Early tests and input from the scientific community suggest that the potential rewards of this project vastly outweigh the risks. And if the proof-of-concept trial is successful, we’ll look to scale up the method. We’ll make our findings public so that others can do the same.

"Naturally, given its novelty, the developers of this bold initiative have a number of significant challenges to tackle as they look to progress beyond their proof-of-concept trial towards a fully scaled-up deployment. It is encouraging to see, however, an industrial player collaborating with academics and environmental NGOs in an effort to secure the kind of ambitious and large-scale outcomes that are required”, says Ove Hoegh-Guldberg, Professor of Marine Studies at the University of Queensland in Brisbane, Australia

Hywel Roberts
The ReCoral project has such significant potential. Working to realise this innovation initiative has been one of the most exciting experiences of my career to date.
Hywel Roberts Strategic Environment & Permitting, Ørsted

Why is it important to care for coral?

On this Earth that we call home, we depend on our neighbours

We share our home, planet Earth, with around nine million other known life forms. Between us, we live in some interesting places.

An endangered species many of us depend on

According to the World Wildlife Fund, coral reefs are among the most diverse and valuable ecosystems on the planet.

But our oceans are heating up because of climate change. Temperature increases can induce coral bleaching, which threatens the survival of coral reef ecosystems. 

The International Union for Conservation of Nature has designated coral an endangered species.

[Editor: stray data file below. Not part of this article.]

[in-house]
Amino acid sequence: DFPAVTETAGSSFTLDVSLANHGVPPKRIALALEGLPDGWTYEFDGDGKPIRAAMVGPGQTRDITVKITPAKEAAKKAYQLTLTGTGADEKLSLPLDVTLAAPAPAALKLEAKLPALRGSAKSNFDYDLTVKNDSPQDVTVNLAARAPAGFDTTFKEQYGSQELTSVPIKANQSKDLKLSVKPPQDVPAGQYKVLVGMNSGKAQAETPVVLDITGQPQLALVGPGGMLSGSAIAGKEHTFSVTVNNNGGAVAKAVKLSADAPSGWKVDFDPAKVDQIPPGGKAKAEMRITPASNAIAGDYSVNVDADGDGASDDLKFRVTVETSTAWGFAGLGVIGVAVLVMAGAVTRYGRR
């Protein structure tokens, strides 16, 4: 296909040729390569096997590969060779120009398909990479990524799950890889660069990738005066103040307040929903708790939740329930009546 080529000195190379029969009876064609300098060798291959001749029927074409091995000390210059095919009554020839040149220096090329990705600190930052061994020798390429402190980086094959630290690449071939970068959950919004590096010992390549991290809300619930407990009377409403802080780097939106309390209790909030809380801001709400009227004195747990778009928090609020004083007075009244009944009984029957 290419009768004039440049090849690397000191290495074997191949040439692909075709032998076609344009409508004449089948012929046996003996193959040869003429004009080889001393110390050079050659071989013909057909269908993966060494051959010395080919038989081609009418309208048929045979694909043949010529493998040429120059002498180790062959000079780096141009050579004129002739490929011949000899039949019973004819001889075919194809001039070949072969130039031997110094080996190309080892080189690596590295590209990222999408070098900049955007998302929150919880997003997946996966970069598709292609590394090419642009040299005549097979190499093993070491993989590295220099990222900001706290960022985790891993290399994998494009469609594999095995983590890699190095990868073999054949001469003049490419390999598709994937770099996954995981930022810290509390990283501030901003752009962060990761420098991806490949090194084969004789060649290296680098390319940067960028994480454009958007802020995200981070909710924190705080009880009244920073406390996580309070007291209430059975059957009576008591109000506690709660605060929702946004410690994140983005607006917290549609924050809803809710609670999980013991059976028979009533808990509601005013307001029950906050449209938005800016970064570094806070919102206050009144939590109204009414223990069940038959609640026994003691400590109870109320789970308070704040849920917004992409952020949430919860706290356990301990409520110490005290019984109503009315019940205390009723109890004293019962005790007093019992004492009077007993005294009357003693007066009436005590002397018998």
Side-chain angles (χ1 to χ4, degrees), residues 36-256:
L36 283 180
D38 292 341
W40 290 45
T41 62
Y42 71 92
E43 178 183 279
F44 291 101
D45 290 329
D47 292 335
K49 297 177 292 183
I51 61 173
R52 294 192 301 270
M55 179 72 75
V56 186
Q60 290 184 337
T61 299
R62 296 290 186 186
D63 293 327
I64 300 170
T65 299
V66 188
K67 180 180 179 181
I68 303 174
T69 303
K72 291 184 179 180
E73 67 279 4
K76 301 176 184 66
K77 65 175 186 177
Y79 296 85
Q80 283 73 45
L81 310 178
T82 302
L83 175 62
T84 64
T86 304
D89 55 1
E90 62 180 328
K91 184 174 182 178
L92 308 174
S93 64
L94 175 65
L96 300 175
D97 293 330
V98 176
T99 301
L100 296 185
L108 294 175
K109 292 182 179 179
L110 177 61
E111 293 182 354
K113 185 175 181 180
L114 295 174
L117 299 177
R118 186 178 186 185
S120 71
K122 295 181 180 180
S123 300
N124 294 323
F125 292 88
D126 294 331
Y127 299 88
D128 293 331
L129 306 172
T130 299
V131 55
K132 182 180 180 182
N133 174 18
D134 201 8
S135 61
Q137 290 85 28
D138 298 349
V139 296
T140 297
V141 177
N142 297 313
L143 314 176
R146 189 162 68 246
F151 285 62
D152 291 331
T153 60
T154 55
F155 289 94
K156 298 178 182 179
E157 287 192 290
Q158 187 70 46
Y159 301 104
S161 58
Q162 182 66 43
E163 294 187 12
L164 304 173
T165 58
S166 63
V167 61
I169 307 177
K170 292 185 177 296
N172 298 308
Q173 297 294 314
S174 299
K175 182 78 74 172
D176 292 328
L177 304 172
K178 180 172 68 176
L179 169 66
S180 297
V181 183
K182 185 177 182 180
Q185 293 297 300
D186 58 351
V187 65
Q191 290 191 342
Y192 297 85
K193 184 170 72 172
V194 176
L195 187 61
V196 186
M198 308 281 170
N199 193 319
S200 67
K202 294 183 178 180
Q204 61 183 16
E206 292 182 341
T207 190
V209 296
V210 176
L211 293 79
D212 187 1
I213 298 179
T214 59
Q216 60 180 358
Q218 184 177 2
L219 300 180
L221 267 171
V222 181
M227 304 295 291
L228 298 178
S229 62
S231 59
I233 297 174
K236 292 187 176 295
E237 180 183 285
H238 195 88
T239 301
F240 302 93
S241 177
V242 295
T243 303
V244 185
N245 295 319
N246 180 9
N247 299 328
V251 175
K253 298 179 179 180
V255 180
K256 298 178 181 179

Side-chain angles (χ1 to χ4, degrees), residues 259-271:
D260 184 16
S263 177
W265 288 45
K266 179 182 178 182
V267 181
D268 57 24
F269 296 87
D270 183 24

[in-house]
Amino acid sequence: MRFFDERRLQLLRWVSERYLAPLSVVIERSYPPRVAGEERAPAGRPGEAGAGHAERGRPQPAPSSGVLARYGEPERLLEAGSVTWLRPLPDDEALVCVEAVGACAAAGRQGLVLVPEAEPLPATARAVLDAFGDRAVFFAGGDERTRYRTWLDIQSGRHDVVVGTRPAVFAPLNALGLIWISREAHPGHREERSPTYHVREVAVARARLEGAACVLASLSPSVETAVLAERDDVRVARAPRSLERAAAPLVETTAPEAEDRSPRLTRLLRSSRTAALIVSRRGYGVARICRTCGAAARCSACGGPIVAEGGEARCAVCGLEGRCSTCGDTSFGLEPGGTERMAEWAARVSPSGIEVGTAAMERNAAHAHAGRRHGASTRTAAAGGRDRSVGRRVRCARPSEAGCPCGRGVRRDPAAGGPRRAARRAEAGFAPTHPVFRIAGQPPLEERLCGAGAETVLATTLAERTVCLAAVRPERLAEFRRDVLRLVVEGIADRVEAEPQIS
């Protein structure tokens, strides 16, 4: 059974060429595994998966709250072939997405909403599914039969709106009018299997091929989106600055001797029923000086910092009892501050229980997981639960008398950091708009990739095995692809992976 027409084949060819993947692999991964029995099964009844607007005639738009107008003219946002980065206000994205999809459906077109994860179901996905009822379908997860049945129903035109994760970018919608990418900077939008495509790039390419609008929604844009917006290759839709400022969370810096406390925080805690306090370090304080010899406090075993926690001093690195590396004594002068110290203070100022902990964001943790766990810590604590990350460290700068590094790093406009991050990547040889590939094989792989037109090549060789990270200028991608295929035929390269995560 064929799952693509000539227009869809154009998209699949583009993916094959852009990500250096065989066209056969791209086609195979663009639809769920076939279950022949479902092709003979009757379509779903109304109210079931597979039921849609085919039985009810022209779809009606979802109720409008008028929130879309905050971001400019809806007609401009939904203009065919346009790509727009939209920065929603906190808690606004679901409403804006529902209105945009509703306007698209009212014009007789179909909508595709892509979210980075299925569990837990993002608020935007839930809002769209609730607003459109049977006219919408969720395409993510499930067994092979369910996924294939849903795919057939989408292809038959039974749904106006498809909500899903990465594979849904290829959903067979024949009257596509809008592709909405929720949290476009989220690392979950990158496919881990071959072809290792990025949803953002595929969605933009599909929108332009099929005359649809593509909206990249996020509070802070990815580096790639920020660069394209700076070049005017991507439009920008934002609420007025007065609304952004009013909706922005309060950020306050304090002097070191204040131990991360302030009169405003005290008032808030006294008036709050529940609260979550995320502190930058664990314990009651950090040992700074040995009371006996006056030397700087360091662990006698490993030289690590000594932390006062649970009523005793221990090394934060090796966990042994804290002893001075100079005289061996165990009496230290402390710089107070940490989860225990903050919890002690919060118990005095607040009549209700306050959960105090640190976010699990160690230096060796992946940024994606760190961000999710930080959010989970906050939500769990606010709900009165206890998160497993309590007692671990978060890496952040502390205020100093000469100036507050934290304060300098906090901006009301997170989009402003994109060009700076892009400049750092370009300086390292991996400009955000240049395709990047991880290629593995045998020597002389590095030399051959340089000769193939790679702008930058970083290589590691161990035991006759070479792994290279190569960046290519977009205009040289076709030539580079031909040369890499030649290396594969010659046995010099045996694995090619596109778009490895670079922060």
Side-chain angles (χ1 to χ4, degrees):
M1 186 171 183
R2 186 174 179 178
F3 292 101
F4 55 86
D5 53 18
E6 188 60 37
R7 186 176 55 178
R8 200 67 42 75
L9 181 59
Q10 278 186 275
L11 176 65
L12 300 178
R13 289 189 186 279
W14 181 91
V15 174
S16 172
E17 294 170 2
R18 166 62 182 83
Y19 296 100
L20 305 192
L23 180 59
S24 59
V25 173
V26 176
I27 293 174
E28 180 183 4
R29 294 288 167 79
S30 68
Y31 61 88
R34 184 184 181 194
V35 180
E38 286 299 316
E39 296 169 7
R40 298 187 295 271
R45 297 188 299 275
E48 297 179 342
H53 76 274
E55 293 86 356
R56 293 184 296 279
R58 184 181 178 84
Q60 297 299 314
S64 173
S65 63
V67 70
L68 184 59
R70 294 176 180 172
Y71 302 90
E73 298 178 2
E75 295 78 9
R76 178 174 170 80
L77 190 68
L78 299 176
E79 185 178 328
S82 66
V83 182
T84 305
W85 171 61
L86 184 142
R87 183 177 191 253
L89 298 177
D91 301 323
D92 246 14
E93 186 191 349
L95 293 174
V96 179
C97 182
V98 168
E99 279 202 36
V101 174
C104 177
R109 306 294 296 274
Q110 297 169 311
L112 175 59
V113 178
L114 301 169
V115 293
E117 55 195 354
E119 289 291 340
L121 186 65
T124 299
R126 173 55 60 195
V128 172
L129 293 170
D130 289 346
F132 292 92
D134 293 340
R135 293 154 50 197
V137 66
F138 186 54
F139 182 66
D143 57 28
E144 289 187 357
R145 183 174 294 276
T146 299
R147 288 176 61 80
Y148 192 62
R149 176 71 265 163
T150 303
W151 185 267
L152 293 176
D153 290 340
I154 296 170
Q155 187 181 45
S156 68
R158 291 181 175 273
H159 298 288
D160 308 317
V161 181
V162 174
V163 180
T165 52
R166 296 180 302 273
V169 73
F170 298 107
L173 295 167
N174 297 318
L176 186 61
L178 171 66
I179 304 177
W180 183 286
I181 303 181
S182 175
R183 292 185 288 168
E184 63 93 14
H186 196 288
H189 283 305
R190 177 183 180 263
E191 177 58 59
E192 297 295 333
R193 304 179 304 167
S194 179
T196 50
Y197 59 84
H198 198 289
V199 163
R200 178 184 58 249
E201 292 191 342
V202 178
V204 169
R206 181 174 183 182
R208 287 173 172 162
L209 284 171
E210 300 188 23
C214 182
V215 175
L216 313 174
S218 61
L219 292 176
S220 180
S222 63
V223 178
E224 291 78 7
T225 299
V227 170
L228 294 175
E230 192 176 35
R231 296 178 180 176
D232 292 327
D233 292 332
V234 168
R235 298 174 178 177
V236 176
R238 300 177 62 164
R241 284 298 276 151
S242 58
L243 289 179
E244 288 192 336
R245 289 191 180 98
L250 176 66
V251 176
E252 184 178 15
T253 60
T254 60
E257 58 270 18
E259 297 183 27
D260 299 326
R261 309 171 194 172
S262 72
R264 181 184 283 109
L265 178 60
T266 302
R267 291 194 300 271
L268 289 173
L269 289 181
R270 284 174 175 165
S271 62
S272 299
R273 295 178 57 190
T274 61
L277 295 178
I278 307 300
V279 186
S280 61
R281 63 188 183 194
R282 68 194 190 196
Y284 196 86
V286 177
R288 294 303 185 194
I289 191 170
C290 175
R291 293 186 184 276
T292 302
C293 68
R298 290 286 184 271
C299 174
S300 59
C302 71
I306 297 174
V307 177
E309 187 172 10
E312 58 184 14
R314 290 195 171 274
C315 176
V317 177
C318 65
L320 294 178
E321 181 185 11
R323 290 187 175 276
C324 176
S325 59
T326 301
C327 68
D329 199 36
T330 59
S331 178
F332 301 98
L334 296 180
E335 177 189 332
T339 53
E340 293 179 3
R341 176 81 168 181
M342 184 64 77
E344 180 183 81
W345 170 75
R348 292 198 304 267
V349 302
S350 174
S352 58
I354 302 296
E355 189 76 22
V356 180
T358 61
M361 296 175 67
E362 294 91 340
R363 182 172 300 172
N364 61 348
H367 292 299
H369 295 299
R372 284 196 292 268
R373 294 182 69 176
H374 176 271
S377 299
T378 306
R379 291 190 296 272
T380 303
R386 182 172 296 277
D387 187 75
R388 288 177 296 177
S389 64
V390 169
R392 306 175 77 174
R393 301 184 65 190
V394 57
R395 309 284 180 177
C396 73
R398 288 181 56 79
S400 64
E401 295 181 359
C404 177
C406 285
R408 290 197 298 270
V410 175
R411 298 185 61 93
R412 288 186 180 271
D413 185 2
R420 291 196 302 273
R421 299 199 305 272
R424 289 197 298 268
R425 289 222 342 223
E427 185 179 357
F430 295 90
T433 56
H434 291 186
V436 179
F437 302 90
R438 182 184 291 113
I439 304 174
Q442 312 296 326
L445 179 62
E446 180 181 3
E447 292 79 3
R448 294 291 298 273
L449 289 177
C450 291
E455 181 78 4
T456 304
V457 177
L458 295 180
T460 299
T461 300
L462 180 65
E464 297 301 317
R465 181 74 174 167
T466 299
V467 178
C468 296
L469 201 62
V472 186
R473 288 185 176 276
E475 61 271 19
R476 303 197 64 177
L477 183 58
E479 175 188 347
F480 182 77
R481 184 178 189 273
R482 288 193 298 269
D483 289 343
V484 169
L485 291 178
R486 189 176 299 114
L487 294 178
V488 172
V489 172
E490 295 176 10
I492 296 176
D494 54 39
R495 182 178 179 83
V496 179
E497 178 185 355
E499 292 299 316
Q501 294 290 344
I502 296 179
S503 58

When coral populations suffer, so do the hundreds of thousands of marine species that live in coral reef habitats, and, in turn, the millions of people that depend on these species for their livelihood.
The International Union for Conservation of Nature has designated coral an endangered species

More than 500 m people worldwide depend on [coral reefs] for food, storm protection, jobs, and recreation

International Union for Conservation of Nature

Want to learn more about coral reefs? Dive into the details 
  • Weird and wonderful coral – what on earth is it?

    Corals are a truly unusual form of life. They’re animals that host a plant – microalgae – within their own tissue, with each part depending on the other for survival. 

    The animal part provides protection and nutrition for the microalgae, which, in turn, use sunlight to turn water and carbon dioxide into the oxygen the animal part needs to survive, using photosynthesis.  

  • What is coral bleaching?
    Coral bleaching occurs when sea surface temperatures are 1.5 °C above the average for a prolonged period of time. This causes the plant and animal parts of a coral to disconnect from each other. Without the pigmented microalgae, the colour drains from the coral, which is also deprived of nutrition.